2018 was by most measures a pretty great year for public education. It seemed that finally – finally – the conversation about the future of public education was headed in the right direction. The country was actually listening to educators. There were many other successes for public schools in 2018, but also enough disappointments and outrages to splash a little cold water on any year-end celebration.
Here are some of the highlights and lowlights for 2018. (It’s hardly an exhaustive list, so use the comments field to add your own suggestions.)
Cheers – #RedforEd
The sweeping mobilization of educators demanding reinvestment in our schools and respect for their profession was the education story of 2018. In February, 6,000 teachers and education support professionals in West Virginia, fed up with empty promises by lawmakers and the exodus of their colleagues to neighboring states, launched a statewide strike and, in the process, a national #RedforEd movement to protect the future of public education.
In early April, educators in Kentucky, Oklahoma, and Colorado took to the streets. Weeks later, Arizona educators voted to walk out in the largest state-wide action yet. Every one of these campaigns resulted in victories for increased funding for students and higher pay for educators. Momentum is only growing as more actions in a new crop of states are planned in early 2019.
Polls in 2018 also showed that the American public overwhelmingly support more money for schools, professional salaries for teachers, and the use of strikes to bring about these changes. After a decade of “blaming teachers first” – a message cultivated by privatization proponents and the national media – the country, thanks to #RedforEd, got a look at the true guardians of our public schools and liked what they saw.
Jeers – DeVos Dismantles Civil Rights Protections
In addition to pushing a national expansion of private school vouchers, Education Secretary Betsy DeVos has been spending most of her time rolling back civil rights protections for our most vulnerable students. She wasted no time after her contentious confirmation in February 2017 when she rescinded the Obama-era guidance that schools should allow students to use restrooms consistent with their gender identity in accordance with Title IX.
In November 2018, DeVos undermined Title IX further when she weakened protections for sexual assault and harassment survivors in K-12 schools as well as colleges and universities.
In December, the Trump administration released the report from the Federal Commission on School Safety to address gun violence in schools. The report recommends stripping protections that seek to prevent racial disparities in student discipline. These guidelines were put into place to address the wide racial gap in school suspensions and expulsions.
The move by the Department of Education could reverse the progress schools are seeing as they introduce alternative, less punitive discipline policies, says Linda Darling-Hammond of Stanford University.
In a recent column co-authored with Christopher Edley, Darling-Hammond writes: “Given the extensive research base behind the guidance, and its capacity to help prevent exclusionary and discriminatory discipline practices, rescinding it will exacerbate the inequities in our education system, while rolling back progress on school safety and student attainment.”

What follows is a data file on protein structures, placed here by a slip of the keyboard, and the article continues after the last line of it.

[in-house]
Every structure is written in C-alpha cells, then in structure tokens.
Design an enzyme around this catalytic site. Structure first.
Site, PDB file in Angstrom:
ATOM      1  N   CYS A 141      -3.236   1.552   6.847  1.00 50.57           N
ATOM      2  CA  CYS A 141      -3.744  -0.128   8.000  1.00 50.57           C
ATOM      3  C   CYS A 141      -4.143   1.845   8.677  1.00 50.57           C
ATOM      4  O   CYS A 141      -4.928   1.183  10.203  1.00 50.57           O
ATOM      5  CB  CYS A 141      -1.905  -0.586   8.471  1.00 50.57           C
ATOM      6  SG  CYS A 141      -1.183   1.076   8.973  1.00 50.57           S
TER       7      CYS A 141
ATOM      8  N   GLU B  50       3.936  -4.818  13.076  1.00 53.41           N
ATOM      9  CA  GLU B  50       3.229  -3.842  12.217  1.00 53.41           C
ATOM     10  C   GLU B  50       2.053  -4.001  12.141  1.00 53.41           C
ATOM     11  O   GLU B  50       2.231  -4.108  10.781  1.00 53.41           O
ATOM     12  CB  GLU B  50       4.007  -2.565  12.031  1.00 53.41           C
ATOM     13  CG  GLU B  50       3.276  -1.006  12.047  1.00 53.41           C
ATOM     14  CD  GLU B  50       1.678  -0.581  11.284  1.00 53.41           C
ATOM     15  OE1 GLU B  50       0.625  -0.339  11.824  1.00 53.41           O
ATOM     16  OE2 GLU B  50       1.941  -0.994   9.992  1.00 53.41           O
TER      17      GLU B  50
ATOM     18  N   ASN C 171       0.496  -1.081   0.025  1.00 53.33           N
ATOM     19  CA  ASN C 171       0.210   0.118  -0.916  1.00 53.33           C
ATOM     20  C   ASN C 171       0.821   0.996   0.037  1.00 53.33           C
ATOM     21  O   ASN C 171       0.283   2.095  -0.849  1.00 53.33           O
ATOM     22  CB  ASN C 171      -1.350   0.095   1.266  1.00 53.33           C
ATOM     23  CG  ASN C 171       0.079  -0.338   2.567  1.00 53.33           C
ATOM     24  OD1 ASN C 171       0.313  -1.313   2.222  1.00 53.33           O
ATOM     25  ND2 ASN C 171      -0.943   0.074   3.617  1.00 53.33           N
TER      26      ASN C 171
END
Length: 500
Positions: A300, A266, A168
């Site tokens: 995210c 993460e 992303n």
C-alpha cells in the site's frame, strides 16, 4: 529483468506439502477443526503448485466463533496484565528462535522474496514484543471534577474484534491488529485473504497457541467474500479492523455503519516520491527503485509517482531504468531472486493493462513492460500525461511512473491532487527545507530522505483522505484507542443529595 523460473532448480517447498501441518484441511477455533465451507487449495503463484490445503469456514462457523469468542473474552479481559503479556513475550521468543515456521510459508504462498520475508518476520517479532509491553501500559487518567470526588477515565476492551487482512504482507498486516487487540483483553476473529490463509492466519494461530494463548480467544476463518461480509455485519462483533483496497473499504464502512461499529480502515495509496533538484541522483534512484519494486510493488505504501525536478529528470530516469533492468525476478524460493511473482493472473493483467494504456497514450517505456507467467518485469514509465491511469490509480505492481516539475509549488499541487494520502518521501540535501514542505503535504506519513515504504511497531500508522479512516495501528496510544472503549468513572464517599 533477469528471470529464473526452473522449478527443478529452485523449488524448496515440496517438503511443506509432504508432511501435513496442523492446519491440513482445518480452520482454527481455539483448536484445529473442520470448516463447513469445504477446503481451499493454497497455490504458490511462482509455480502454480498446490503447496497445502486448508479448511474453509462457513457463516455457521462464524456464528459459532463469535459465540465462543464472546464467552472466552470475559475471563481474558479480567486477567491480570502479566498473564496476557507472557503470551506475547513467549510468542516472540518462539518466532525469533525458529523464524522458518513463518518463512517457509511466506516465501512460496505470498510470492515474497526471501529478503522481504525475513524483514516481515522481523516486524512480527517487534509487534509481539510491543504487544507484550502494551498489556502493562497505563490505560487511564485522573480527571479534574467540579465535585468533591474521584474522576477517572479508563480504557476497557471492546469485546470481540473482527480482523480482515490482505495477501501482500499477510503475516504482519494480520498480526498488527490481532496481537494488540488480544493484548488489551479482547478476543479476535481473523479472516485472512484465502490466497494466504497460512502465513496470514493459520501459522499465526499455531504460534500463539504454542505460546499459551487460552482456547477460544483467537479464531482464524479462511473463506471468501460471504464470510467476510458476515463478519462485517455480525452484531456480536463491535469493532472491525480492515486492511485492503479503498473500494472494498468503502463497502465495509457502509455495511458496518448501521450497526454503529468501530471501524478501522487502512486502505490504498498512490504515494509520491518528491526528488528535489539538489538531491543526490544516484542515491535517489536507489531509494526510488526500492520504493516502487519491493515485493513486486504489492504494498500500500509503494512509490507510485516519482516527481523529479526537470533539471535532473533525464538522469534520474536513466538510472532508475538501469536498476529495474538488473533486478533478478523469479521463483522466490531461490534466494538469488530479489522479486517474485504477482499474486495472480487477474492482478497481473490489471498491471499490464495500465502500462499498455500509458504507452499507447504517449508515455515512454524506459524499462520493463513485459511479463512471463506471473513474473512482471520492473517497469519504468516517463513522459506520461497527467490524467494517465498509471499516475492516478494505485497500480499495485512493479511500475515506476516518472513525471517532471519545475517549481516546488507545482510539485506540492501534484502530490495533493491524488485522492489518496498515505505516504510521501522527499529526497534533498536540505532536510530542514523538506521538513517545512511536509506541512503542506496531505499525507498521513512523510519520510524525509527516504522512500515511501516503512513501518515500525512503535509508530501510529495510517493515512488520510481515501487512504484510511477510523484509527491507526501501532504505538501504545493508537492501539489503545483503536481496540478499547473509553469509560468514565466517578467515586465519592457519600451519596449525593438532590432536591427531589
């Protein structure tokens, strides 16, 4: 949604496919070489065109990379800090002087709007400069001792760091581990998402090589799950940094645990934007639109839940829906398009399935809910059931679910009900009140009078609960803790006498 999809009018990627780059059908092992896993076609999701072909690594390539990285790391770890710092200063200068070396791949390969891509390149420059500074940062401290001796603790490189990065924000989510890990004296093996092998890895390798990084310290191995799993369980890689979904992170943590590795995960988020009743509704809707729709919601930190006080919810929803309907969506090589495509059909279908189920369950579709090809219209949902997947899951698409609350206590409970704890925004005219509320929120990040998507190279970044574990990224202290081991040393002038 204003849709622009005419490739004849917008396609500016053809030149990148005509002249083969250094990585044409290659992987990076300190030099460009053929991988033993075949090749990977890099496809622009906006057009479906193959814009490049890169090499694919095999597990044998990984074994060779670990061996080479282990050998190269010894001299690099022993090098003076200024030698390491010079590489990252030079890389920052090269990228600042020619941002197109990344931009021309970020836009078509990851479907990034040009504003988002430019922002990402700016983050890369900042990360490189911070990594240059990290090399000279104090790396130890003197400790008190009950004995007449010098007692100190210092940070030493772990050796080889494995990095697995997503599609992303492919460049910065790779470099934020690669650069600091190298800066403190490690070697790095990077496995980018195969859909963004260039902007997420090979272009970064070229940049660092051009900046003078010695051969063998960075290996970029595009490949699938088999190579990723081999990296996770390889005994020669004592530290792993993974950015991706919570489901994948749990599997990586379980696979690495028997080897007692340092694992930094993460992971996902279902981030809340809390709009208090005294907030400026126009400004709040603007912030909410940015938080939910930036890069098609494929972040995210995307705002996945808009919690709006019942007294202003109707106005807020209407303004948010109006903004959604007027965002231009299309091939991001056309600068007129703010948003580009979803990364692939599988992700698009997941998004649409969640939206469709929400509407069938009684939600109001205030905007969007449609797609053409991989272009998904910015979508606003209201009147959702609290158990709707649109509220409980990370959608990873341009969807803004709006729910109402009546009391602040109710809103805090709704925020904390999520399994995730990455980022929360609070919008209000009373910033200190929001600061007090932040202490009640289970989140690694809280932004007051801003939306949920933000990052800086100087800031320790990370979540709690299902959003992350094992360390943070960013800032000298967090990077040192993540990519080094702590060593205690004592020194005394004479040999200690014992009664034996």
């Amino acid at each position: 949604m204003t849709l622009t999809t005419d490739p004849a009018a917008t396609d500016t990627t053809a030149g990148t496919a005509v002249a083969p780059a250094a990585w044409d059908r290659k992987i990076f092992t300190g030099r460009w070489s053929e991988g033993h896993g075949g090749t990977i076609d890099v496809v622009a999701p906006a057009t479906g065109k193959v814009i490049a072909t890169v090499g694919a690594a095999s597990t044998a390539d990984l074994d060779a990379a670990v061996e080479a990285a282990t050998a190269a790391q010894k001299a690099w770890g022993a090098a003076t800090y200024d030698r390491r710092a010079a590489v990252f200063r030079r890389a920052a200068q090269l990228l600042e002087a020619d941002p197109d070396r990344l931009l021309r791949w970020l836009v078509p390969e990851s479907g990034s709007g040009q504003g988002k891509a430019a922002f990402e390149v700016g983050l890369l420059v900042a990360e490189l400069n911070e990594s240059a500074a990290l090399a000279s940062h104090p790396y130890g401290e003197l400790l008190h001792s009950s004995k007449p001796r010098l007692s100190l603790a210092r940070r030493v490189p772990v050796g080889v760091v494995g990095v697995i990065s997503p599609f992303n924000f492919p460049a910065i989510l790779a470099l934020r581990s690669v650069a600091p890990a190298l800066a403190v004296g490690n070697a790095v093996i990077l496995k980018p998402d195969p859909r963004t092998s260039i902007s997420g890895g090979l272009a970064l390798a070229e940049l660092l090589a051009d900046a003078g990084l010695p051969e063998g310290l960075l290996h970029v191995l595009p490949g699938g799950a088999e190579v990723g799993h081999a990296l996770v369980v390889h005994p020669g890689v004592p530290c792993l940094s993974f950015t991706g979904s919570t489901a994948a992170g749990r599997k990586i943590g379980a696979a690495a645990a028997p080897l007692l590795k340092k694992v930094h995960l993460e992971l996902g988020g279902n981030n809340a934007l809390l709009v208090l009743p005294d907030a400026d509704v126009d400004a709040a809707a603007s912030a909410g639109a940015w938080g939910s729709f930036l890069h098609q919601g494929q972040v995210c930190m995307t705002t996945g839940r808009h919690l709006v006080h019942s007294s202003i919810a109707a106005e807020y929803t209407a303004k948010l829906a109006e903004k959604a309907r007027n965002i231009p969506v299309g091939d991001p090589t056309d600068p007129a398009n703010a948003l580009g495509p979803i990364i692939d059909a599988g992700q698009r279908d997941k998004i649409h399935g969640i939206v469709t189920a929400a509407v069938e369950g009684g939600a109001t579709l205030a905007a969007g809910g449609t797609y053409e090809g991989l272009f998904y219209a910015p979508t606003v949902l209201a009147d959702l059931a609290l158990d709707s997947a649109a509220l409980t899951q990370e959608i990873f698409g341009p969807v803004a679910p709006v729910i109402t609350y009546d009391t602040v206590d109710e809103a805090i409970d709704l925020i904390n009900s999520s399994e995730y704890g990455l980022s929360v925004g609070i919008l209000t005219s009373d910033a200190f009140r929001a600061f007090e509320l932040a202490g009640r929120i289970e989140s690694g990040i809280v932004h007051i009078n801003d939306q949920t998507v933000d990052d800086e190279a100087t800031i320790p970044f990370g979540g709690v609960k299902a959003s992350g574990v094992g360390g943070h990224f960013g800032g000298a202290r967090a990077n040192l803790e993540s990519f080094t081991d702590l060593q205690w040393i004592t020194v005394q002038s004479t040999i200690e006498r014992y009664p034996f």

Cheers – Election 2018
One of the offshoots of the #RedforEd movement was the unprecedented number of educators who decided in 2018 to step up and run for public office. Their efforts helped generate the enthusiasm that delivered major wins for students and public schools on election day. Nearly 15 percent of all state legislative seats in the United States will be held by elected educators, according to an NEA analysis. Come January, the majority of Americans will be led by governors with a proven track record of championing public education.
The lesson in November for lawmakers was simple, said NEA President Lily Eskelsen García. “You can either work with educators to address the needs of students and public education, or they will work to elect someone who will.”
Nearly 220,000 NEA members and education families were involved in getting out the vote in 2018 – a 165 percent increase in activism engagement compared with 2016, a presidential year where activism is historically higher than midterms.
Jeers – Corporate Tax Breaks Breaking U.S. Schools
During the 2018 election cycle, no candidate from either party wanted to be seen as a champion of cutting education funding. Quite the opposite. Boosting spending on schools is a politically popular position, and the election of candidates who made this a central part of their platform means the public wants them to deliver on this promise.
A good place to start strengthening school revenue sources, said Eskelsen García at a recent post-election panel at the National Press Club, would be economic development tax incentives granted to corporations. “It’s always called an ‘economic development program’ but study after study shows that the promised job creation and new revenues never materialize.”
And then there’s the jaw-dropping cost to public schools. According to a report by Good Jobs First, in 2017 schools lost $1.8 billion across 28 states through corporate tax incentives.
Although proponents of these tax giveaways argue these deals boost development and investment and grow local economies, they ignore the economic impact of starving the education system.
“It is no exaggeration to say that when tax abatements cause school districts to have fiscal stress and reduce school quality, they are undermining the local ‘business climate,’” the report states.
What could this money have been used for? If it were reinvested in hiring new teachers and reducing class size, the ten most affected states alone could add more than 28,000 teachers.
Cheers – Student Activists Show the Way
The headlines were becoming numbingly familiar: “Another School Shooting Traumatizes Students, Community,” followed days or maybe weeks later with “No Action on Gun Violence Expected.” Thanks to the extraordinary efforts of student activists, however, politicians were not going to get off easily in 2018. Following the shooting in February in Parkland, Florida, student activists stood up and revitalized the stalled movement to demand action to end gun violence.
Student are also making their voices heard in the #MeToo movement and the campaign to end zero tolerance and bring restorative practices to schools.
“We have been speaking up, mobilizing, and standing strong because our friends and family mean the world to us,” student activist David Hogg told NEA delegates. “We are young and that means we don’t have to accept the status quo. And we never will. We intend to close the gap between the world as it is and what it should be.”